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  1. #11
    Veteran Member theboman's Avatar
    Join Date
    Jun 2001
    Posts
    1,568
    Location
    Grayson, KY
    Tractor
    Kubota B7500 HST

    Default Re: Land leveling

    I ain't got one yet but hope to before spring, but a rotary tiller will do the trick too.

    Bluegrass, Pick It Up!

  2. #12

    Join Date
    Jul 2001
    Posts
    198
    Location
    Northern Sacramento Valley, Calif.
    Tractor
    JD 300B, JD 4310

    Default Re: Land leveling

    Good point, Bird-
    I guess if I didn't have Top 'n' Tilt, I wouldn't be so adamant in my support for the second most useful attachment.

    <font color=green>stan</font color=green>

  3. #13

    Join Date
    Jul 2001
    Posts
    198
    Location
    Northern Sacramento Valley, Calif.
    Tractor
    JD 300B, JD 4310

    Default Re: Land leveling

    Cisco, I think this is another one of those money vs. time things. If you have the bucks, and want it done now, a dozer w/operator would be the way to go. If you have some time, and want to collect some implements and play in the dirt, as most of us do, I would say a box scraper with scarifiers is in order.
    Either way, I would look at an S-Tine Cultivator for planting prep. (much faster and cheaper than a tiller), and some sort of harrow to break the clods up. The chain link types are quite reasonable.
    Another implement that might serve you well would be a homemade "drag" made from railroad ties or old tires- there was a picture of one of these posted here a few days ago- they can be very handy.

    <font color=green>stan</font color=green>

  4. #14
    ddl
    ddl is offline

    Join Date
    Apr 2000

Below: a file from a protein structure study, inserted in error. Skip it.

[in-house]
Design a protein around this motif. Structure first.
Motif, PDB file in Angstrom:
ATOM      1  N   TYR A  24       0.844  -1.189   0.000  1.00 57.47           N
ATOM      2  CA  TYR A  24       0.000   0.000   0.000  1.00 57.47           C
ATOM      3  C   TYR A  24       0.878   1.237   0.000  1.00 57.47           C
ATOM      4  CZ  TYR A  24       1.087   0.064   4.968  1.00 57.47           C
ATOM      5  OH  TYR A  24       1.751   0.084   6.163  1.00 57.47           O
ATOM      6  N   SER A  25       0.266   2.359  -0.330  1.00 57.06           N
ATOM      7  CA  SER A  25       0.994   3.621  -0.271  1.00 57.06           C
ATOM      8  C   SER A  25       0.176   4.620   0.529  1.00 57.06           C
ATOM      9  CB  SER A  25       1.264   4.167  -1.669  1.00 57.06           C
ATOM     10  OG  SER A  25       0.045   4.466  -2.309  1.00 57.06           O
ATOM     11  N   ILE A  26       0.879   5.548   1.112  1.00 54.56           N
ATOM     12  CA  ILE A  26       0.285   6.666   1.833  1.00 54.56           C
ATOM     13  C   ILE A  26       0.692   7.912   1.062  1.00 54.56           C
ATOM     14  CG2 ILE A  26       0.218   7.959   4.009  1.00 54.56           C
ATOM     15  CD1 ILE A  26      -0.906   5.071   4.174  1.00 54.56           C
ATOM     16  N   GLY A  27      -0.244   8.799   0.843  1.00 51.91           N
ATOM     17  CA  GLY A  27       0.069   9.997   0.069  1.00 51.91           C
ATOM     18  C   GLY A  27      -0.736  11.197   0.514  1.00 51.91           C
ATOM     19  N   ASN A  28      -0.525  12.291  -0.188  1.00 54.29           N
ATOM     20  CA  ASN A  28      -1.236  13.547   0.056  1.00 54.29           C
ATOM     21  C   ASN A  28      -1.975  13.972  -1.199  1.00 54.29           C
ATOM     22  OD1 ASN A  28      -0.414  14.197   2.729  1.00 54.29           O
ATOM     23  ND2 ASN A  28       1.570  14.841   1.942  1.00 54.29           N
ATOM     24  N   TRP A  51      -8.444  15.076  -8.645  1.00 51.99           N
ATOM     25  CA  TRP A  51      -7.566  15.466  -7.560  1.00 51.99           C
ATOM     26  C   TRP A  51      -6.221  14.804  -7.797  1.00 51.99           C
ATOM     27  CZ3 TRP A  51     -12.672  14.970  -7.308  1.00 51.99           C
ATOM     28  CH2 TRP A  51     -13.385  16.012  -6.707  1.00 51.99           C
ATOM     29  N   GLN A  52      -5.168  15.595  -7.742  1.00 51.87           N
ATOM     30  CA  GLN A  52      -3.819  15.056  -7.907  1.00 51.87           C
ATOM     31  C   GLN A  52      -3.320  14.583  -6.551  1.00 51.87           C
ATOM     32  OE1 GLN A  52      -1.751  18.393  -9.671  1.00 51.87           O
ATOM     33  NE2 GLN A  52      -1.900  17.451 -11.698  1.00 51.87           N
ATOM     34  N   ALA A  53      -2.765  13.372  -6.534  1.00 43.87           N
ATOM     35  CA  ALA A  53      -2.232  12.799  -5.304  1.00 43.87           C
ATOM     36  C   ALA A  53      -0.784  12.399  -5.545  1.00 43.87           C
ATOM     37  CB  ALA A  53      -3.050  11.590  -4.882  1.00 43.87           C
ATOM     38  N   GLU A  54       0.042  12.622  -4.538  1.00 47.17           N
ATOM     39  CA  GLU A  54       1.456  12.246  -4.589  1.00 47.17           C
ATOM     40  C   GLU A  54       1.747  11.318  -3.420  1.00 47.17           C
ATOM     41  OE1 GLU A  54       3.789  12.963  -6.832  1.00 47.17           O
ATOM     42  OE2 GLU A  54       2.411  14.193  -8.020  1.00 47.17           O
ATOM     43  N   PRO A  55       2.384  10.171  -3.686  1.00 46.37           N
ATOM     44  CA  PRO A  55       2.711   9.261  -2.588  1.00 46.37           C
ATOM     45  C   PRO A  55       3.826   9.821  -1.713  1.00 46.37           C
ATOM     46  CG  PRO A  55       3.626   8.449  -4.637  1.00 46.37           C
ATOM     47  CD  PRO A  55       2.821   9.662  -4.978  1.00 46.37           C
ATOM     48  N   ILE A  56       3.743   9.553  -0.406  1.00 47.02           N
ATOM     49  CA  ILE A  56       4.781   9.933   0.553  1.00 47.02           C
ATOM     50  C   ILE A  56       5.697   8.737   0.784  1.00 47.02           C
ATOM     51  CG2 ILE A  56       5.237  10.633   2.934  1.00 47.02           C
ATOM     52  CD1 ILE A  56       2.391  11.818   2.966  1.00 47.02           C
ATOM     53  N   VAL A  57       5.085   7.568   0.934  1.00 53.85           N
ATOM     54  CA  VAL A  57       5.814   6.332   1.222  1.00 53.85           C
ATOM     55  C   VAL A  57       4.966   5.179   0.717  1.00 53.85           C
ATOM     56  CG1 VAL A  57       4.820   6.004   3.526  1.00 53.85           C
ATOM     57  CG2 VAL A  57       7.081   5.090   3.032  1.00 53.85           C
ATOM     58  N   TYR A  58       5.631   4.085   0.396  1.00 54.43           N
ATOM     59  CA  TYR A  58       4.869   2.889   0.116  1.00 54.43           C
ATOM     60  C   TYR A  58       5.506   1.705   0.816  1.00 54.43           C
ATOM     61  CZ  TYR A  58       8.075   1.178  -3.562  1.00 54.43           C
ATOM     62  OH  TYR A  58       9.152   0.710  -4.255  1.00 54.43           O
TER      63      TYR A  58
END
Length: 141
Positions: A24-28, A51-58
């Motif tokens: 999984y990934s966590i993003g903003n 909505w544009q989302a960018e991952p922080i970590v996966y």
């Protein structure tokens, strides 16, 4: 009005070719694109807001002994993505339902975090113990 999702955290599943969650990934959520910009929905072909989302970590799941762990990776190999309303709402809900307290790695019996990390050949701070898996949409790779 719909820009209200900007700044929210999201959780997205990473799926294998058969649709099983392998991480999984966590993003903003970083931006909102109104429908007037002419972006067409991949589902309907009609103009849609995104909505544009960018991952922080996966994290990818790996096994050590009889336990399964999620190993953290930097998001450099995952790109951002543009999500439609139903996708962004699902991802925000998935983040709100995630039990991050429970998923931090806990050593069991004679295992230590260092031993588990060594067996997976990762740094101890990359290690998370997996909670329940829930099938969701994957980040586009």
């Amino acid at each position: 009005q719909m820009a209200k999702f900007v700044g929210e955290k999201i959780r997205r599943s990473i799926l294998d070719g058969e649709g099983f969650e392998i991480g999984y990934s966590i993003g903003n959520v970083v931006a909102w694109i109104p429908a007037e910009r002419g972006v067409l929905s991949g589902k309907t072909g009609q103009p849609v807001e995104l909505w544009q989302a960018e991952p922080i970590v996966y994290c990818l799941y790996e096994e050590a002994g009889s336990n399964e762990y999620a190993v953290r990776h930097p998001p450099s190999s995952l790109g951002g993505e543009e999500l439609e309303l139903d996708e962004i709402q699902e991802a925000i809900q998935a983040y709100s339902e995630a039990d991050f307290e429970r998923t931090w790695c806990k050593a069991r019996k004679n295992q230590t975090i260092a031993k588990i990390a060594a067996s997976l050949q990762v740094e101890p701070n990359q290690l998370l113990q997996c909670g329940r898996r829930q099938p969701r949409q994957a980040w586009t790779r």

Posts
    349
    Location
    Peculiar, MO
    Tractor
    B2400 Kubota

    Default Re: Land leveling

    You stated that the land is largely flat and that you want to turn 3 acres into lawn or grass. What I would do is till the 3 acres of have it plowed, then till the area and then using a drag finish leveling the 3 acres. then seed the grass. The process of perparing the field for seeding will do the most in leveling the acres. But everyone has their own ideas. I think alot of it has to do with the tools that we have.

    Dan L


  5. #15
    New Member
    Join Date
    Sep 2005
    Posts
    0

    Default Re: Land leveling

    A box blade will work just fine. The trick is to adjust the angle of attack with the top link. The teeth should be about a 1/2" below the back blade on level ground. (this works if you don't have big rocks)
    Next you need to hit the high points and pull the materal into the low points. The trick is not to get to aggressive with the blade lifting or lowering the blade no more than 1" at a time.
    After you have moved the material from the high spots to the low spots just go back and set the blade on the top of the ground. ( the blade will dig in a little, 1/4 ")
    Now go back over what you had prepared and smooth it out.
    When you get to the end look back for high spots and repeat the process.
    It is hard to see the high spots when you are sitting on top of the tractor, what I do is drive away from what I have just done turn around and look for high spots, get a reference point of the high spot and and go back and fix them.
    Sounds easy but it takes a lot of seat time to learn this, I always get the portable CD player out and take my time other wise I loose control and start getting to aggressive and build that motor cross track every one talks about.
    Hope this helps, and ALWAYS remember how stupid you look with head phones on and singing on a tractor.

    Hugh


  6. #16
    Jag
    Jag is offline
    Gold Member
    Join Date
    Apr 2000
    Posts
    444
    Location
    Central Arkansas
    Tractor
    Kubota /L2650/ LA450/B4690 -- John Deere 450 Dozer

    Default Re: Land leveling